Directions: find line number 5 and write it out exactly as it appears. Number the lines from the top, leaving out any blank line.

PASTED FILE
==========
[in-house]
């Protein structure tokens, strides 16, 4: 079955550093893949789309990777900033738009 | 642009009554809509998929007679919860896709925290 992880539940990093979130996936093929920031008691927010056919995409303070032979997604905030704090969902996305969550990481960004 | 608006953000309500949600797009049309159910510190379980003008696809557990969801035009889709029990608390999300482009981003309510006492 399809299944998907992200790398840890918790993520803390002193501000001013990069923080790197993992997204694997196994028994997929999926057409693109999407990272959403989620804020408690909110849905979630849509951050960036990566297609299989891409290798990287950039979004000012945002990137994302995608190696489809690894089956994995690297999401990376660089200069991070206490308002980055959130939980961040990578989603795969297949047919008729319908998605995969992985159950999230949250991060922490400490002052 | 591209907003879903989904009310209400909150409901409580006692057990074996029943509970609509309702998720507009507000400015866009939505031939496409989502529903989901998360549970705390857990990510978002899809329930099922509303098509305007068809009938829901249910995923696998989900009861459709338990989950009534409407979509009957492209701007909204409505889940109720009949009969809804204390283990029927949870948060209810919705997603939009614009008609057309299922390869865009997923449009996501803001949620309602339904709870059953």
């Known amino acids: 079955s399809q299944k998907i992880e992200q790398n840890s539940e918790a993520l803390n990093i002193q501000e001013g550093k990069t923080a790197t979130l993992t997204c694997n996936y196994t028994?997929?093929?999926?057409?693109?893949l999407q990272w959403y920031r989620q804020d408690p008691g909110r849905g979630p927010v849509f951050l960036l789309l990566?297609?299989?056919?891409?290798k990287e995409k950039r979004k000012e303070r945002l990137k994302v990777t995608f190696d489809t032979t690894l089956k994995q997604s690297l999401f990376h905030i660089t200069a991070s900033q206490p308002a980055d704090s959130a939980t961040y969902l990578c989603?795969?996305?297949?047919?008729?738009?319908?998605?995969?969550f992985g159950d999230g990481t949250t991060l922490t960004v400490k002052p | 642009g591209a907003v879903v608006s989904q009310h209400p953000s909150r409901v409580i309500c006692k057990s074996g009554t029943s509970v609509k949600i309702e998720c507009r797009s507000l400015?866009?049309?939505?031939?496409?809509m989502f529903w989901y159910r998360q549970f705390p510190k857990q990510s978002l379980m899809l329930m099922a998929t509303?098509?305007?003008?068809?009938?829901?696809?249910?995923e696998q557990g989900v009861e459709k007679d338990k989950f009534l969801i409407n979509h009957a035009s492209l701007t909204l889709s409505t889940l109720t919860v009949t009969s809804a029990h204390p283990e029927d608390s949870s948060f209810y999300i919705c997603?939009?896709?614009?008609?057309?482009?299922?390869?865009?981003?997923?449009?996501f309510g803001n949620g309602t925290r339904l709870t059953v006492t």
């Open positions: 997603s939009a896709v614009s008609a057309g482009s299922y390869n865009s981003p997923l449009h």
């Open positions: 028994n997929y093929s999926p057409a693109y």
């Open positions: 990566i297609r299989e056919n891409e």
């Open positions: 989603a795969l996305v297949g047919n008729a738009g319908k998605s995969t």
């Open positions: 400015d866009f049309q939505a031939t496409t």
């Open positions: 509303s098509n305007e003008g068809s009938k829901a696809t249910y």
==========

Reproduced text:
């Open positions: 028994n997929y093929s999926p057409a693109y």